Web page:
by Mike Buckel, Ramcharger • courtesy of the North Georgia Mopar Club
After the ’62 Summer Nationals, a few 1963 cars began to show up. Two Detroit teams appeared that became significant competitors. One was Roger Lindamood in a Plymouth, “Color Me Gone.” The other was the Golden Commandos, a team that was modeled on the Ramchargers, except that they had fewer engineers and more mechanics/technicians. Although neither car beat us, both were faster than our ’62 and were the cause of great concern. We did not, at the time, appreciate the performance improvement attained with the “new for ’63” engine package along with the better weight distribution of the new cars.
After the racing season wound down we began to receive W-2 forms in the mail from tracks that had paid us to match race. Well, there was no money left after tow-car gas, motels, and meals on the road. The end result was that we realized the team needed to be more organized if we were to continue.
Most of the planning for ’63 was at breakfast in the Engineering Cafeteria. Danny Mancini noted that the car needed to be more easily identifiable and suggested that we should paint stripes on the car. Since we had been talking about running both an automatic- and manual-transmission car, he suggested that the stripes be candy apple red and that one car be the Candy Stick and the other Candy Matic. We all know how that idea went over.
Also in September my first daughter, Brenda, was born. I got rid of the ’61 Ford with the continuously failing rear ends and bought Jim Thornton’s ’56 Dodge D501. It was originally a Hemi-powered race car with Imperial suspension and brakes. Jim blew up the Hemi with a Paxton supercharger and replaced it with a 361 B-engine and a Torqueflite.
Before getting into 1963, let’s digress onto a more modern topic: Jeff Wickstrom, the winner of the President’s Trophy at the Southern Classic at Year One. Jeff is an interesting guy and has many stories. I first met Jeff in Vienna, Virginia, in the mid-1970s when my daughters were riding horses. Jeff’s mother was trying to get Jeff and his brother into riding, and Jeff was just not interested. One day he spotted Carole with a Pennzoil jacket and asked her about it. Jeff became interested when she told him that I had been into drag racing. So we began to talk about cars.
I had just installed an LA engine in my ’55 Ford Pickup truck and gave Jeff the six-cylinder. He took it apart and became convinced that there really were pistons and other things inside an engine. Shortly thereafter, he came up with a ’68 Road Runner with a 383 4-speed. He was all hot to tear it apart for pistons, camshaft etc. I convinced him to take it one step at a time, such as learning to drive a 4-speed. With tires, exhaust, and little else we got the car to just over 100 mph in the quarter. Some time later he came up with a ’67 Dodge 440 automatic. We got that car to about 110 mph.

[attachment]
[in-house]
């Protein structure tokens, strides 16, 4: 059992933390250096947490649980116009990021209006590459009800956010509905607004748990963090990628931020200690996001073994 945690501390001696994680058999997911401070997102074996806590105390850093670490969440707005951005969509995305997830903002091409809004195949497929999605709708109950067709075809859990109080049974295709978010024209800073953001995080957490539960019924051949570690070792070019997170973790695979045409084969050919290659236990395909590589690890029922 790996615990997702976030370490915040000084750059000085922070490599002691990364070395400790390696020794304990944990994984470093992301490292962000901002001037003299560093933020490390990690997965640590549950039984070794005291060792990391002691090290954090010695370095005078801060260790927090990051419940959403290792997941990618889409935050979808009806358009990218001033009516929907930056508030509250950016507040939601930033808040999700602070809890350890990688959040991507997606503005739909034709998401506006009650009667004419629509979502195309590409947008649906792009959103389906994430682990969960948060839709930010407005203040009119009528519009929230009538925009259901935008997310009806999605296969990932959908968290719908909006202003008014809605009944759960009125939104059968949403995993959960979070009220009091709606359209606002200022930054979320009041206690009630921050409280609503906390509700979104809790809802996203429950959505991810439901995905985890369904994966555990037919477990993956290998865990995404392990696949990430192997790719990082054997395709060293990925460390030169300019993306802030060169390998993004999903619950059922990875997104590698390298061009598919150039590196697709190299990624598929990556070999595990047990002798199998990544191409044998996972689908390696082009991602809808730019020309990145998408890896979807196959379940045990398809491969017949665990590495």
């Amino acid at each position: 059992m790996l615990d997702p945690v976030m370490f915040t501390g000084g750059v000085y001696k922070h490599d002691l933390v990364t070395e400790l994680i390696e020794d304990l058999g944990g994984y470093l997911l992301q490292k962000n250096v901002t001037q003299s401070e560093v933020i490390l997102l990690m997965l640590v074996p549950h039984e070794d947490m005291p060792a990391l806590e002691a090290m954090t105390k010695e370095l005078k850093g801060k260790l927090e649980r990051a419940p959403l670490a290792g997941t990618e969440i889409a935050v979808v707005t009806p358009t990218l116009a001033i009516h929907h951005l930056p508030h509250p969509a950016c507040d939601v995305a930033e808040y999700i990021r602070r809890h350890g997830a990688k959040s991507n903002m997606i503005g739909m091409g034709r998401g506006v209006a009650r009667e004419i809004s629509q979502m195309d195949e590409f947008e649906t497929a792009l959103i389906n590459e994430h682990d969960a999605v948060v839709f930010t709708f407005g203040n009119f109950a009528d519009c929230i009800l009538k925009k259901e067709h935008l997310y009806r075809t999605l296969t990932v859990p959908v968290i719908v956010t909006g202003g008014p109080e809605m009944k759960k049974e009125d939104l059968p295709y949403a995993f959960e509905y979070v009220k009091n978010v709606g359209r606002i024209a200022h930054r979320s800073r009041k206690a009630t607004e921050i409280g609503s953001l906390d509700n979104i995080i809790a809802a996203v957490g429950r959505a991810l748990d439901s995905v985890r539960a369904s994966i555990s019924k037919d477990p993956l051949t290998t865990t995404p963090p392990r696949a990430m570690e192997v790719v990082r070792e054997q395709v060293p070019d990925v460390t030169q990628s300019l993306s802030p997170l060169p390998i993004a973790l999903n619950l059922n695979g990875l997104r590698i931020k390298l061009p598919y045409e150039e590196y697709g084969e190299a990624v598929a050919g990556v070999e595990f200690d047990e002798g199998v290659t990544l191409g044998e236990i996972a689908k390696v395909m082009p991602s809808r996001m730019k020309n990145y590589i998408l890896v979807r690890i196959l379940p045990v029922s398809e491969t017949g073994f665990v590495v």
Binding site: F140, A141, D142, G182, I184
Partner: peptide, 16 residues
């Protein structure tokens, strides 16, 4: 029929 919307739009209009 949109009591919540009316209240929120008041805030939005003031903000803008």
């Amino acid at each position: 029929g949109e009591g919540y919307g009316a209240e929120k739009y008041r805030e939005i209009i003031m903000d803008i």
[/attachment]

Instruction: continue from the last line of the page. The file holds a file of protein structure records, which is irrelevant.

He graduated from high school and moved to Athens, Ohio, where his father taught at a University of Ohio facility. He obtained an engineering degree and took a job with Allied Signal, now Honeywell, in Phoenix. He is still with Honeywell and has over 20 cars, all but three being Mopars. He drove that purple ’71 Bird from Arizona just to attend our show.
For the ’63 racing season, the Ramchargers found a large building for rent, at a good price (until the owner found a better tenant) in Roseville, northeast of Detroit. Most of us had a longer drive to get there, but the size of the facility was well worth it. We started work on the first ’63 car right after Christmas. Having a large heated facility made preparation much easier.
Again the car was delivered to Dodge for shipment by rail to California. After the disappointing loss at the Summer Nationals in ’62, it was decided to again to get Al Eckstrand to drive the car in Pomona. When the car was picked up at the Service Center we were shocked to see the Stanford Dodge sponsorship painted on the door. Eckstrand had made some sort of deal on the side.
As described in the book We Were the Ramchargers, we won Stock Eliminator, the first major win for the Chrysler Maximum Performance effort. We sat on top speed and low ET of the meet and beat the Golden Commandos on the final run. In fact, we never lost a single race to the Commandos.
Super Stock was again run non-stop, though now no one was allowed to touch the car between runs and the hood could not be opened. This time we were ready and the car performed flawlessly. Before the car was shipped back to Detroit, the Stanford Dodge was removed. That was the last time Eckstrand drove a Ramcharger car.
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